Matrix, free internet and Silicon Valley

When it premiered Matrix By 1999, the hype about the internet had reached a frenzy. Some enthusiastically appointed Matrix as “the first film of the XXI century”. And more than twenty years after release, it remains the defining film of the internet’s early age. The film led to two sequels, both released in 2003, and with Matrix resurrecciones the franchise returns to a digitized world in whose configuration it has played an important role. However, it is not an entirely positive achievement due to how the internet has developed. After Mark Zuckerberg announced his plans for a “metaverse,” an “embodied internet, where instead of just watching content, you’re inside of it,” the franchise’s marketing team responded by tweeting a new tagline for Matrix resurrecciones: “Now, based on real events”

But even the first movie envisioned a more hopeful future than Silicon Valley now envisions. Without going too deep, the saga presented a clear dystopia: sometime in the late 22nd century, humans are harvested as an energy resource to fuel machines. They have connected humans to a simulation from the year 1999, known as the Matrix, that keeps them passive and distracted. Although after viewing the simulation as a creation (accessed by taking the “red pill”), people have the power to reconnect and walk through it as a more genuine version of themselves.

At this point we get a feeling of nostalgia: not for the representation of 1999, but for the internet that could exist. “A world without rules and controls, without borders or limits, a world where anything is possible,” says Neo, the main character. Dominated by a handful of megacorporations, today’s digital sphere seems to be more aligned with machine coercion than Neo’s dreams. The Internet is now a vast network designed to capture our tastes, attention, and thought patterns and direct them down profitable paths. The goal is not a world where anything is possible, but a world where everything is predictable and achievable.

The promise of digital self-realization from Matrix it was integral to the utopianism of the internet’s early years. One of the pioneering users said that, on the internet, “you can be whoever you want to be … You don’t have to worry about the boxes other people put you in.” Or, as a cartoon from the time put it in a comical tone: “on the internet, nobody knows you’re a dog.” However, the internet today does tell you who you are and it is hardly a place free of prejudice. For example, Zuckerberg argues that having a second identity on Facebook is “an example of a lack of integrity.” This is reminiscent of the main villain of Matrix, Agent Smith, a corporate employee who works on behalf of the machines and insists on calling Neo by his real name. “He has been living two lives: one has a future; the other, no “, reproaches Smith.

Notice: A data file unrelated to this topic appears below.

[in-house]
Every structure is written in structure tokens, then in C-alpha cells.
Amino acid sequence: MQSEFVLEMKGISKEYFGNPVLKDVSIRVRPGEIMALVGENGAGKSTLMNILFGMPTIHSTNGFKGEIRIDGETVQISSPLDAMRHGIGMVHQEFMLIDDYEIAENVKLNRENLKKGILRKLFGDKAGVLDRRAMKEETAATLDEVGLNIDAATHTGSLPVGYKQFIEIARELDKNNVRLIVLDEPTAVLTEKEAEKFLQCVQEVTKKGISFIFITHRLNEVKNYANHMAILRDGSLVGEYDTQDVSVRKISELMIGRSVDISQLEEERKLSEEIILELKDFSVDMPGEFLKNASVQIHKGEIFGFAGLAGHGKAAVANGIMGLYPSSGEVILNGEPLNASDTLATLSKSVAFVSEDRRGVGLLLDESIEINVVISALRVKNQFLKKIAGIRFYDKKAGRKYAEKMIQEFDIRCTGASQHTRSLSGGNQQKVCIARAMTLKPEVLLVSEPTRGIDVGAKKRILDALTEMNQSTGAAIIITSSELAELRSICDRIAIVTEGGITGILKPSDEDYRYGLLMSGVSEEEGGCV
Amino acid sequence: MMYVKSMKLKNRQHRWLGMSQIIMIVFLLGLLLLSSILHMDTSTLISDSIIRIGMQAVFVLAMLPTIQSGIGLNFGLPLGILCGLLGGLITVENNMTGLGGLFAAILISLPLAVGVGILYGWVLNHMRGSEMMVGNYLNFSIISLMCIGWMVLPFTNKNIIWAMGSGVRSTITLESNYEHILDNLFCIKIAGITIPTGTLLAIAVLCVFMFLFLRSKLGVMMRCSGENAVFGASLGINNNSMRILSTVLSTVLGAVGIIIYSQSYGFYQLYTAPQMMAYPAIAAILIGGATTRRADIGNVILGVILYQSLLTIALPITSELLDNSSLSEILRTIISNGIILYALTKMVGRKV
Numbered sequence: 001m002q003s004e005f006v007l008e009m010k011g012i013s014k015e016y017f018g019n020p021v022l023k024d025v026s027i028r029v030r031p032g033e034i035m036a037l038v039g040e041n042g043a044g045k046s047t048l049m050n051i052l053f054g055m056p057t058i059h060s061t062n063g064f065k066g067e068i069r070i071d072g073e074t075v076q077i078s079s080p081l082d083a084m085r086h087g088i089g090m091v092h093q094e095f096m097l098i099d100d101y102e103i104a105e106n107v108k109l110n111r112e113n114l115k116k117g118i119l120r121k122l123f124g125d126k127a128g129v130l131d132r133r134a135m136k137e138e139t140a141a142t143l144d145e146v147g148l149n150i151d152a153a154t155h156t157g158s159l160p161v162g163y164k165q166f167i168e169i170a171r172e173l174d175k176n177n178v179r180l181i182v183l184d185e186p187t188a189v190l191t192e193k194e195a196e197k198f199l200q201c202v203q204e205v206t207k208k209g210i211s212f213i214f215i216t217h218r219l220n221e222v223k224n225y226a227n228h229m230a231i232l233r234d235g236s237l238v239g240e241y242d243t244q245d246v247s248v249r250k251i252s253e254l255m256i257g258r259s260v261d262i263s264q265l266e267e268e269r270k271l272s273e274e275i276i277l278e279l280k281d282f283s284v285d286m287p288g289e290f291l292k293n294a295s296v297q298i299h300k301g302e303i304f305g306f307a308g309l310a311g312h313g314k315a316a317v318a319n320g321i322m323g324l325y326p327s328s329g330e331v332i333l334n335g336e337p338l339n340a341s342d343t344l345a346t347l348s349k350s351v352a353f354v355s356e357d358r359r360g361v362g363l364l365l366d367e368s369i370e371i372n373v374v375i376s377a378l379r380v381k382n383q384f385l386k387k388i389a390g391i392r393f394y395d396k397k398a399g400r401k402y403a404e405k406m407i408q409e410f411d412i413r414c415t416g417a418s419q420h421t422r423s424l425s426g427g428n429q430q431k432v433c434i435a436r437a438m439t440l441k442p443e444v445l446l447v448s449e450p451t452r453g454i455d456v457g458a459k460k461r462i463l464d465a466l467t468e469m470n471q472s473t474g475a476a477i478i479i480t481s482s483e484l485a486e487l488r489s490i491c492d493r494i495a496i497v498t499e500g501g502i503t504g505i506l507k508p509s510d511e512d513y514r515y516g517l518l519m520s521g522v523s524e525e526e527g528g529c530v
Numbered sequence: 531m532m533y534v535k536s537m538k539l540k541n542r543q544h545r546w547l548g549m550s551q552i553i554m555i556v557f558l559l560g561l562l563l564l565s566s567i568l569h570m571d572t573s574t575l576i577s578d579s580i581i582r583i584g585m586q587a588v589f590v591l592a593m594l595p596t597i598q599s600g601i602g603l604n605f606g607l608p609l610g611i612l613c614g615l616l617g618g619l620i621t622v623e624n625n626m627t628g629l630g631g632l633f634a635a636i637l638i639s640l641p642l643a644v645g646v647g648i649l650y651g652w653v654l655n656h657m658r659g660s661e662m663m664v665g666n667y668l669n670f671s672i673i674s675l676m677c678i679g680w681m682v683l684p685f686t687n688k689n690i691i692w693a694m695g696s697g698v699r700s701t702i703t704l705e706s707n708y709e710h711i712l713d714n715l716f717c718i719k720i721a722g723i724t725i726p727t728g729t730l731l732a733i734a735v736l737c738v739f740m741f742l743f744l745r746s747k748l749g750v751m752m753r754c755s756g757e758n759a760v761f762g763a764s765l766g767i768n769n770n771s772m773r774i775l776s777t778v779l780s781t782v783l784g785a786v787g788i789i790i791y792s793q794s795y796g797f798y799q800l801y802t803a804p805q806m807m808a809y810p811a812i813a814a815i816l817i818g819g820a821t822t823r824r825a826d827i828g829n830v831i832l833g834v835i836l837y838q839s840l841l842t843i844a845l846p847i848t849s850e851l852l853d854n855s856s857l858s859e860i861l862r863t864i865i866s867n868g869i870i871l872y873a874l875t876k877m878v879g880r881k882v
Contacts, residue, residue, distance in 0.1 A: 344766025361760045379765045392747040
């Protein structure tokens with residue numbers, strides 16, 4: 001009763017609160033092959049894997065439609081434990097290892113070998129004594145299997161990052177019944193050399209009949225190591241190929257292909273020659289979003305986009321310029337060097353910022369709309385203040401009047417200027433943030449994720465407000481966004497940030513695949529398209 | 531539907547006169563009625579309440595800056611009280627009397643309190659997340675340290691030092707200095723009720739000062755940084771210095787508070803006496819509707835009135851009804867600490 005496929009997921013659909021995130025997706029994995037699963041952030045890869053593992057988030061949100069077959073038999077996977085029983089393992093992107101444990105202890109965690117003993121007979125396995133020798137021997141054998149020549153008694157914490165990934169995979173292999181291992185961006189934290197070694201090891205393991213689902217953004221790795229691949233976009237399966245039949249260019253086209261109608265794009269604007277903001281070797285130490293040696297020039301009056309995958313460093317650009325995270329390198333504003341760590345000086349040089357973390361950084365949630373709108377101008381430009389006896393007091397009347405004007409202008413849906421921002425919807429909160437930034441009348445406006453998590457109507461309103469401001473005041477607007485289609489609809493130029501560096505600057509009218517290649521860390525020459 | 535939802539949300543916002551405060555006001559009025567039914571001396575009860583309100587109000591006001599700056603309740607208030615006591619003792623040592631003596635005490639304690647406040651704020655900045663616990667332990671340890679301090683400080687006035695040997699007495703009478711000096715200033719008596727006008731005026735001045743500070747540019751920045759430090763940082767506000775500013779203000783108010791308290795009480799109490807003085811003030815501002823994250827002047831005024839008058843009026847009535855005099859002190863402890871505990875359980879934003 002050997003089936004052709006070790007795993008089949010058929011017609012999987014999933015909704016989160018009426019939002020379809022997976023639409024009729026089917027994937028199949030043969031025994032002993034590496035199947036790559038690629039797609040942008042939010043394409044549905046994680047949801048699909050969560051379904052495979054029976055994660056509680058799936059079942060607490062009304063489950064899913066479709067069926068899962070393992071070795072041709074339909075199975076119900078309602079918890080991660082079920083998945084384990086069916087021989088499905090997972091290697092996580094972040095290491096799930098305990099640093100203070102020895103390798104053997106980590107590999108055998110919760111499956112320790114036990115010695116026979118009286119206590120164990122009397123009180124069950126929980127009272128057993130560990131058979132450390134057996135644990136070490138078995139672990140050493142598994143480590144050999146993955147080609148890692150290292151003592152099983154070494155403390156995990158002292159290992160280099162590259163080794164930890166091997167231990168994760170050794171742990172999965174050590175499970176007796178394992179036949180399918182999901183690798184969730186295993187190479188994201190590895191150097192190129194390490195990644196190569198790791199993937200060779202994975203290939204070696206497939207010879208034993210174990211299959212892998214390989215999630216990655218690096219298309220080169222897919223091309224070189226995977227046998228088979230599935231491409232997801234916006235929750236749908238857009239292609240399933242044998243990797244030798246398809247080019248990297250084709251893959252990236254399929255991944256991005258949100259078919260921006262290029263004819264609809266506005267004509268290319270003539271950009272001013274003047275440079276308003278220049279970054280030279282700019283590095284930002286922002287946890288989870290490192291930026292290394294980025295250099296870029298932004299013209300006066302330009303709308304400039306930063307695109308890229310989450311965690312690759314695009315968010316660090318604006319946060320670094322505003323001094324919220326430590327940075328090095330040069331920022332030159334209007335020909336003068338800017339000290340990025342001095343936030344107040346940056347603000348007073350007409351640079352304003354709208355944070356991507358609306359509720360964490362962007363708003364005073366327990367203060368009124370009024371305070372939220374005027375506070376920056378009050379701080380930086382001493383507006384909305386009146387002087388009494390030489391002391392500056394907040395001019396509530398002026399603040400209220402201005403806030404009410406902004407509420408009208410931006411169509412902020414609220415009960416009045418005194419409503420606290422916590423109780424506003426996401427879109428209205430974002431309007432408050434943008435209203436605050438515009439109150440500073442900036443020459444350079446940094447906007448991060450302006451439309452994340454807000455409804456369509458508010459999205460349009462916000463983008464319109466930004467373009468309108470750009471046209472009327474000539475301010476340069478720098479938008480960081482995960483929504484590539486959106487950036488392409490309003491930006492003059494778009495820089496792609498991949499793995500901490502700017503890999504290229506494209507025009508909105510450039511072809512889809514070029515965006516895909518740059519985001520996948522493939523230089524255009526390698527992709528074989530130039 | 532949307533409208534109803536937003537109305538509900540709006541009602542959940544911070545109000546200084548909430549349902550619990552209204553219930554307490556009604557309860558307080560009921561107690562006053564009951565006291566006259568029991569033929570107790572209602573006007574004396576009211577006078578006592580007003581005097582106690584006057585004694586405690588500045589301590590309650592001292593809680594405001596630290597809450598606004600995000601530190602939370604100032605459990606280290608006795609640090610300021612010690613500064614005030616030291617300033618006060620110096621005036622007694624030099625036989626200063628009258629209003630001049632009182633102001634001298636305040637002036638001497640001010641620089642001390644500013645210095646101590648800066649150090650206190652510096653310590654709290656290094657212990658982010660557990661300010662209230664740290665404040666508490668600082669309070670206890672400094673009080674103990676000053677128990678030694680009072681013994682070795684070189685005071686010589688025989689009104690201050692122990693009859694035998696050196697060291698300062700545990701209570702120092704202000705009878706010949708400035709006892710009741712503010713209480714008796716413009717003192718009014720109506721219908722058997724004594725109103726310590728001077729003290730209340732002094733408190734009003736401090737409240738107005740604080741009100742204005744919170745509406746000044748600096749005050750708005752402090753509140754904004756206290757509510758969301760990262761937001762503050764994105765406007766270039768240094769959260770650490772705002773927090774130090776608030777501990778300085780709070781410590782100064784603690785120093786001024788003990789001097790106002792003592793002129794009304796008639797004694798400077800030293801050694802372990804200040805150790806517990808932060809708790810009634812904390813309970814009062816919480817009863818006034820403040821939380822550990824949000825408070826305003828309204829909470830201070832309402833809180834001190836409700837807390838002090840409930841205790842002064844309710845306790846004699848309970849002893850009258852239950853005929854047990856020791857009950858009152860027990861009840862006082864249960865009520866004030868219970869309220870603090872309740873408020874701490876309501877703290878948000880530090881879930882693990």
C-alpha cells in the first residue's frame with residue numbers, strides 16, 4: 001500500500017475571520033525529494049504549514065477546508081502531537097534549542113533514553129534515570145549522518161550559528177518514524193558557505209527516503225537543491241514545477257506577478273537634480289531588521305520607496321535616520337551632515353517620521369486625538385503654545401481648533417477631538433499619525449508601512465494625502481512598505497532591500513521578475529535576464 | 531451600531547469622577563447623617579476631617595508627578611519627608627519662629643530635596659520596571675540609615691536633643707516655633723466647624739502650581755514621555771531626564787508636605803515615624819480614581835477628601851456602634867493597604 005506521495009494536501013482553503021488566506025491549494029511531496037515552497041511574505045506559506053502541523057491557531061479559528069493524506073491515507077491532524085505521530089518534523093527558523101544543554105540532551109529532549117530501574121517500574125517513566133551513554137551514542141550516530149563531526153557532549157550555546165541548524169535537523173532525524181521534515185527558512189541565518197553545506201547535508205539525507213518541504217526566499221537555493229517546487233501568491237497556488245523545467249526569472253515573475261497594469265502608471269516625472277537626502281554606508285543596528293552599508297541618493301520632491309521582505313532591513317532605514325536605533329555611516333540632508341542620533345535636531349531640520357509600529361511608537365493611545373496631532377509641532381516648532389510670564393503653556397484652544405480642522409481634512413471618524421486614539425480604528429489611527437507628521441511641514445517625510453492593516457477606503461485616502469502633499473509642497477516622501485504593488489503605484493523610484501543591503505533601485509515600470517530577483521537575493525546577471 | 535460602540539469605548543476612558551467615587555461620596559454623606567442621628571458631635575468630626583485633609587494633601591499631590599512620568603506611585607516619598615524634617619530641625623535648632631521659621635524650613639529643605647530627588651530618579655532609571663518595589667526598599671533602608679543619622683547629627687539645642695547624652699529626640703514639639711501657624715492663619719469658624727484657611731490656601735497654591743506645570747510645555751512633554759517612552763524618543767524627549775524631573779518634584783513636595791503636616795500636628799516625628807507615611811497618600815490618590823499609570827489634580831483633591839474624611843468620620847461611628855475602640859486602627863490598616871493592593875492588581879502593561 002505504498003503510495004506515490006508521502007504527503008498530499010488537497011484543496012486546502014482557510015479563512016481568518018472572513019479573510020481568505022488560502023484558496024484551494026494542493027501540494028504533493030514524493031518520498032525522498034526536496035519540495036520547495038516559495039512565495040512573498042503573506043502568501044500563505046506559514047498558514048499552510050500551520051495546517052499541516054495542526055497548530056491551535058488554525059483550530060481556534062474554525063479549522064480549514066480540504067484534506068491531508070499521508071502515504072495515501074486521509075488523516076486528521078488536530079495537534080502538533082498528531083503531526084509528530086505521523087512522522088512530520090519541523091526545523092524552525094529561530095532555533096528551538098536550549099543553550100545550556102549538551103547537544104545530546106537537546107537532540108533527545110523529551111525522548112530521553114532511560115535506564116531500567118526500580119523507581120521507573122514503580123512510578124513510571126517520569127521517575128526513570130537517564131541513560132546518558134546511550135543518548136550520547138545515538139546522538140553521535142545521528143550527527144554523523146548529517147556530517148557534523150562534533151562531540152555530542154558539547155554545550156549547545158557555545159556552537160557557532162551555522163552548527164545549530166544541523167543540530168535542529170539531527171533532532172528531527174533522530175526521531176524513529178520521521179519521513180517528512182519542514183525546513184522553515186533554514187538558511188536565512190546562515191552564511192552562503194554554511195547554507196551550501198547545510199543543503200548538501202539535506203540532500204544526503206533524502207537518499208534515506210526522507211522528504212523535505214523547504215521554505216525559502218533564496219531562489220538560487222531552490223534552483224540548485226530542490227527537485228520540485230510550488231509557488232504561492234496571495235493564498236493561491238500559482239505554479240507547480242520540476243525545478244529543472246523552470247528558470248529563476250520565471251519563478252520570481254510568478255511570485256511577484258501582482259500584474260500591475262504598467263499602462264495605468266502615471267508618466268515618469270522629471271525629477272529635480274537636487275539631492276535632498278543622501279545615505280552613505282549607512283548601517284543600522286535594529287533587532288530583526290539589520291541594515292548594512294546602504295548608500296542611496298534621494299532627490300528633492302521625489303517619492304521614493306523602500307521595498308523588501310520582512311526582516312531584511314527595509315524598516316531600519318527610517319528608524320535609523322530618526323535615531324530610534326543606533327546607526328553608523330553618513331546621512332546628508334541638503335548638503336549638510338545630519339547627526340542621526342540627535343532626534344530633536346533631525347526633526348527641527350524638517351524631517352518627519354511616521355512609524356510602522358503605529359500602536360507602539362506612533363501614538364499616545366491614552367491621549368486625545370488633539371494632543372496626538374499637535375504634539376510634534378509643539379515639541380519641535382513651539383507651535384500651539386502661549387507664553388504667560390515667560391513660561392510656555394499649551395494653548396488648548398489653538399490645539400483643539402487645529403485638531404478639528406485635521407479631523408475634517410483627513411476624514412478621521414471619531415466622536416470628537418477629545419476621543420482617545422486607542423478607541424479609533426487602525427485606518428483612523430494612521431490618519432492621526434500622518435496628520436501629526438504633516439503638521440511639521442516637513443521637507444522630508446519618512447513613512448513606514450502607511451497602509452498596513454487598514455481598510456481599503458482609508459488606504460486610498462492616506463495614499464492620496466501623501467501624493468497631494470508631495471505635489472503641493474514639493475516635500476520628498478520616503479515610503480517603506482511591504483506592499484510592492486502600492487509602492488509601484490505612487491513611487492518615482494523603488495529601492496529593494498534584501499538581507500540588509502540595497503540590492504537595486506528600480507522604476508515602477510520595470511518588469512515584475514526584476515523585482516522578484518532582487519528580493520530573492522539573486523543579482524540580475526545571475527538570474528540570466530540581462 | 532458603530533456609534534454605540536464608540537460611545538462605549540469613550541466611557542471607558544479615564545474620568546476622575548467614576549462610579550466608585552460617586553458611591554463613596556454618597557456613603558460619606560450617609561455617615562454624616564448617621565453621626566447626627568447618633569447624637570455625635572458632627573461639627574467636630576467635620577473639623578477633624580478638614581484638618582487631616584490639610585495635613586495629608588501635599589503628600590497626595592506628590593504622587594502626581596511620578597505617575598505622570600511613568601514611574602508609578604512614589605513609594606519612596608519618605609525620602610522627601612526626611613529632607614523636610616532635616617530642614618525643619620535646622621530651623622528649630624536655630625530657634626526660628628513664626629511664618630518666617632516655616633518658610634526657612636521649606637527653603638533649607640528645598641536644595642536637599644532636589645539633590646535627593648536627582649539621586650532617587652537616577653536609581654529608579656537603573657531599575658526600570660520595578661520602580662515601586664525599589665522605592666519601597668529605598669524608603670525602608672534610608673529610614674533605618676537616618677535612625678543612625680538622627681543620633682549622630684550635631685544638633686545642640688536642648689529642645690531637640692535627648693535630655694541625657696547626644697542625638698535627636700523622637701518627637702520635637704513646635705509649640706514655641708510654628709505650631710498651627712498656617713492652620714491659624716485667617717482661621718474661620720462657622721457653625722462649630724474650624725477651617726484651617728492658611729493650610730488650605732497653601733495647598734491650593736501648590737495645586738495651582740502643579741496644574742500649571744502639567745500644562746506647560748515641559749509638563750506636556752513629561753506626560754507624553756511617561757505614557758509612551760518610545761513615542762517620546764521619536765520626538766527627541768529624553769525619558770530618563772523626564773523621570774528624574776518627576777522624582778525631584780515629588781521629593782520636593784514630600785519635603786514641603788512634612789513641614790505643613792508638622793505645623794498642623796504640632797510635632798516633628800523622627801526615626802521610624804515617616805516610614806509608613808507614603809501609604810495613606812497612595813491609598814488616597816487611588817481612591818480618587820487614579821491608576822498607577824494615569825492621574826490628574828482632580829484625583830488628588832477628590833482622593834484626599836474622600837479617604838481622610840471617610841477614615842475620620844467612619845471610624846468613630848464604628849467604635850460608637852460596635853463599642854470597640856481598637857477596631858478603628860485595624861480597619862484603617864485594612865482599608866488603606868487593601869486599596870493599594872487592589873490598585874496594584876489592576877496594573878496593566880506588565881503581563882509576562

The main avenues of the internet now value consistency and transparency over the risks of anonymity and reinvention. The idea of ​​the internet as a place to cultivate an identity outside of the boxes others put you in was overshadowed by a social media-driven approach to creating an aspirational personal brand. Self-actualization is now measured in likes, shared posts, and follower count. Theorist Mark Andrejevic has used a provocative term for this: “umbilical commerce.” Just as an umbilical cord meets the needs of a fetus before it can communicate them, technological platforms go to great lengths to satisfy our desires before we express them. Zuckerberg has said he wants to find “a fundamental mathematical law” that “governs the balance of who and what is important to everyone.” Here the internet is equivalent to a large “vending machine” that reads your mind and provides you with products the moment you think of them … or sooner.

Andrejevic’s term matches on a lurid level with Matrix, where humans are connected to the simulation through umbilical-like cords. The configuration indicates our infantilization, a future where all our desires are satisfied in advance, but where the will has ceased to exist. Now 1999 feels a long way off. In our age of climate crisis and extreme inequality, the hours we spend online are increasingly overshadowed by an awareness that, as connected to the Matrix, we perpetuate a system that does not seek the best for humanity. At least in Matrix you can blame the machines. We can only blame ourselves and the internet that we have created

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Matrix, free internet and Silicon Valley